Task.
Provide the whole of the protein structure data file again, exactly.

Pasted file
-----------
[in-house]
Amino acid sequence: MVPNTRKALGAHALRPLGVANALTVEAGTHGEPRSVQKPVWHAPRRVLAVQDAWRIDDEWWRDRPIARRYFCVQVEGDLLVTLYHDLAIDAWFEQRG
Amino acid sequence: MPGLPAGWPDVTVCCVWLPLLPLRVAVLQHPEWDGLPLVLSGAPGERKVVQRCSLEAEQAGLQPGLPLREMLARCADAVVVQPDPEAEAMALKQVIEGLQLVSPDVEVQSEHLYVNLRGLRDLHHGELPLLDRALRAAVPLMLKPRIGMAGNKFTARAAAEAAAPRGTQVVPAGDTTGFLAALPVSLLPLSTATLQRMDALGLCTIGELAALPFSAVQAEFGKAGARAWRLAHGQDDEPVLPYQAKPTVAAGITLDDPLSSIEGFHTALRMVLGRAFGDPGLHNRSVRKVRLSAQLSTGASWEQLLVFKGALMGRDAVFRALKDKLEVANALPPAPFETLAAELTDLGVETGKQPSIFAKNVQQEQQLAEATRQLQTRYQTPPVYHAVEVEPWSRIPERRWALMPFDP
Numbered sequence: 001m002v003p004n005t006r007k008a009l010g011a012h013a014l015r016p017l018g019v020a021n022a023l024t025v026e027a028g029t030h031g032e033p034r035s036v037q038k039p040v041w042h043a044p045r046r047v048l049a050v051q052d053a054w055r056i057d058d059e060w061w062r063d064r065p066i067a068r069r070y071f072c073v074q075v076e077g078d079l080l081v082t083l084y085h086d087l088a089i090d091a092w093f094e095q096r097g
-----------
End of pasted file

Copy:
[in-house]
Amino acid sequence: MVPNTRKALGAHALRPLGVANALTVEAGTHGEPRSVQKPVWHAPRRVLAVQDAWRIDDEWWRDRPIARRYFCVQVEGDLLVTLYHDLAIDAWFEQRG
Amino acid sequence: MPGLPAGWPDVTVCCVWLPLLPLRVAVLQHPEWDGLPLVLSGAPGERKVVQRCSLEAEQAGLQPGLPLREMLARCADAVVVQPDPEAEAMALKQVIEGLQLVSPDVEVQSEHLYVNLRGLRDLHHGELPLLDRALRAAVPLMLKPRIGMAGNKFTARAAAEAAAPRGTQVVPAGDTTGFLAALPVSLLPLSTATLQRMDALGLCTIGELAALPFSAVQAEFGKAGARAWRLAHGQDDEPVLPYQAKPTVAAGITLDDPLSSIEGFHTALRMVLGRAFGDPGLHNRSVRKVRLSAQLSTGASWEQLLVFKGALMGRDAVFRALKDKLEVANALPPAPFETLAAELTDLGVETGKQPSIFAKNVQQEQQLAEATRQLQTRYQTPPVYHAVEVEPWSRIPERRWALMPFDP
Numbered sequence: 001m002v003p004n005t006r007k008a009l010g011a012h013a014l015r016p017l018g019v020a021n022a023l024t025v026e027a028g029t030h031g032e033p034r035s036v037q038k039p040v041w042h043a044p045r046r047v048l049a050v051q052d053a054w055r056i057d058d059e060w061w062r063d064r065p066i067a068r069r070y071f072c073v074q075v076e077g078d079l080l081v082t083l084y085h086d087l088a089i090d091a092w093f094e095q096r097g